Researchers and clinicians at the RVC have devoted more than a decade of work to improving our understanding of epilepsy in dogs, as well as cats.
Epilepsy in the most common chronic neurological disease in dogs, affecting around 0.6% of the 8.9 million dogs in the UK, which amounts to 53,000 dogs. Dogs with epilepsy experience recurrent seizures, which are most commonly managed by anti-seizure drugs (ASDs) with the aim of reducing how often and how severely affected dogs have seizures.
Unfortunately, around a third of these dogs will continue to seizure despite medical treatment, sparking a quest for ‘adjunctive’ non-drug therapies to improve the quality of life of the hardest-to-treat dogs, while also effectively supporting owners’ managing dogs with this often-distressing disease.
There are different types of seizures dogs (and other species) have. Despite epilepsy and non-epileptic seizures affecting so many dogs, seizure activity can easily be misinterpreted – and vets have not always classified seizures in the same way. RVC research illustrated a lack of consistency among vets in the diagnoses of epilepsy. Because classifications, definitions, therapeutic outcome measures, neuroimaging and neuropathological standards have historically differed between studies, it was difficult to draw comparisons. This has limited their scientific and clinical impact.
Consequently, the RVC has driven international consensus on the research, diagnosis and treatment of canine and feline epilepsy. The consensus was facilitated by the establishment of an international body composed of veterinary practitioners and neuropharmacology, neuropathology and neurology experts. The International Veterinary Epilepsy Task Force, which was established and first chaired a RVC professor, produced seven ‘consensus statements’ outlining recommendations and classifications on all aspects of the condition. The guidelines established a framework and standards for future trials.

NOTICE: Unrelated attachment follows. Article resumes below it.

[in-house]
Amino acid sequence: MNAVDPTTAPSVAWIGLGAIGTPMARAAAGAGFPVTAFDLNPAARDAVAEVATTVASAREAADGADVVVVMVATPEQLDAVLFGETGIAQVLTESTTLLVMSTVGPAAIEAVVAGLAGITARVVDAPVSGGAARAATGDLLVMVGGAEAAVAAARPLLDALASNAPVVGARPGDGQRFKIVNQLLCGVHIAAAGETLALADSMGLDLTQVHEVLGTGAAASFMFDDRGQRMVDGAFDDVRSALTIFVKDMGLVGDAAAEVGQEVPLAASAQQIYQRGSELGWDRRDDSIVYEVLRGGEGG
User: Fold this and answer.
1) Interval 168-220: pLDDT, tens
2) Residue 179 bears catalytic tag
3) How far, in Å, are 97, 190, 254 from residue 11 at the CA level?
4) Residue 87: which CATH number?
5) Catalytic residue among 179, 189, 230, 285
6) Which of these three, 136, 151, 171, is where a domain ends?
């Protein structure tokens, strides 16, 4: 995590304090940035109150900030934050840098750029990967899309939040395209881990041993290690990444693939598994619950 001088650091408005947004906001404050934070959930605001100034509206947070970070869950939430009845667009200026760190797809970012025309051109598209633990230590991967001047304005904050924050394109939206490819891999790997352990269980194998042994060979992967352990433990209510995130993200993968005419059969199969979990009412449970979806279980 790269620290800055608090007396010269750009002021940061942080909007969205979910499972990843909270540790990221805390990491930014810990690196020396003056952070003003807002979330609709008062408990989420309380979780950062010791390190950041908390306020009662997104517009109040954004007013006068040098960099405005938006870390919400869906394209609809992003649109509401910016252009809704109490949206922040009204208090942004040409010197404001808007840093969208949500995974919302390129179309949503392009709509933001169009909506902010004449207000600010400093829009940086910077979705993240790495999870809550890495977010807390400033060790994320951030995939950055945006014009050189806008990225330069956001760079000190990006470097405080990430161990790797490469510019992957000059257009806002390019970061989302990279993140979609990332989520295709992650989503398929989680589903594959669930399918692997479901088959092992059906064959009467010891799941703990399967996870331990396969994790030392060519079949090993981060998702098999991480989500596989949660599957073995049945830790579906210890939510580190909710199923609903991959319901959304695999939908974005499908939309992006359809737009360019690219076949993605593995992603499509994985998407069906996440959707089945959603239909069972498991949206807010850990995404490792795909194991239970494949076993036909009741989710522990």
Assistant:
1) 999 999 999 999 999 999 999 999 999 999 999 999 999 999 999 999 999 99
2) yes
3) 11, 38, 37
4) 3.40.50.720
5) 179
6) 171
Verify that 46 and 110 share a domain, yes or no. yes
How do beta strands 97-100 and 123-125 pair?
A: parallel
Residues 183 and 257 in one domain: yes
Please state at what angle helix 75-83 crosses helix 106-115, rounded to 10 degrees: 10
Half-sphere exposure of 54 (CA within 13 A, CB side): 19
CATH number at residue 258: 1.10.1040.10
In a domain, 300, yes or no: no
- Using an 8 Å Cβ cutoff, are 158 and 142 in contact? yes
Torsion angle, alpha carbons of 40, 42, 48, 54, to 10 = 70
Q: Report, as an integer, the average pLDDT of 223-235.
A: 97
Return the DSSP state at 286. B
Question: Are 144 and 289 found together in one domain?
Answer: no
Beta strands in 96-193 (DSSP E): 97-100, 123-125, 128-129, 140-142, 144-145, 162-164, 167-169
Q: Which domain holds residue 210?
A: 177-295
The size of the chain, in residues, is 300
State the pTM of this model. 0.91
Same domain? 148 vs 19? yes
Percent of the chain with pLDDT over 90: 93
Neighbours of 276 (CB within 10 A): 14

Ongoing RVC epilepsy research is improving the characterisation of this chronic disorder and its comorbidities, develops technology to aid its long-term management for vets and owners, and identifies fresh new ways to manage this age-old disorder.
The RVC has been pivotal in reframing both the wider understanding of epilepsy as a brain disease, and in pioneering new approaches to its treatment. We now know that epilepsy is not only a seizure disorder, and instead, seizures are just one clinical sign in a complex network of brain changes, including behavioural comorbidities such as anxiety, and cognitive changes such as impaired learning ability.
Based on these findings, behavioural and cognitive outcome measures are now embedded in epilepsy clinical trial design, alongside traditional measures of seizure frequency and severity, and the impact of existing anti-seizure therapies on behaviour and cognition are being considered.
RVC has been pivotal in the game-changing development of dietary therapies for canine epilepsy, providing an evidence base for medium-chain triglyceride (MCT) enriched or supplemented diets. RVCs groundbreaking clinical trials have demonstrated the positive effects of MCTs on not only seizure frequency, but also on behaviour and cognition. Robust clinical trials of both commercially available complete diets (developed based on RVC research) and of MCT dietary supplements (added to a dog’s existing diets) ensures these findings can be implemented by the widest possible patient base.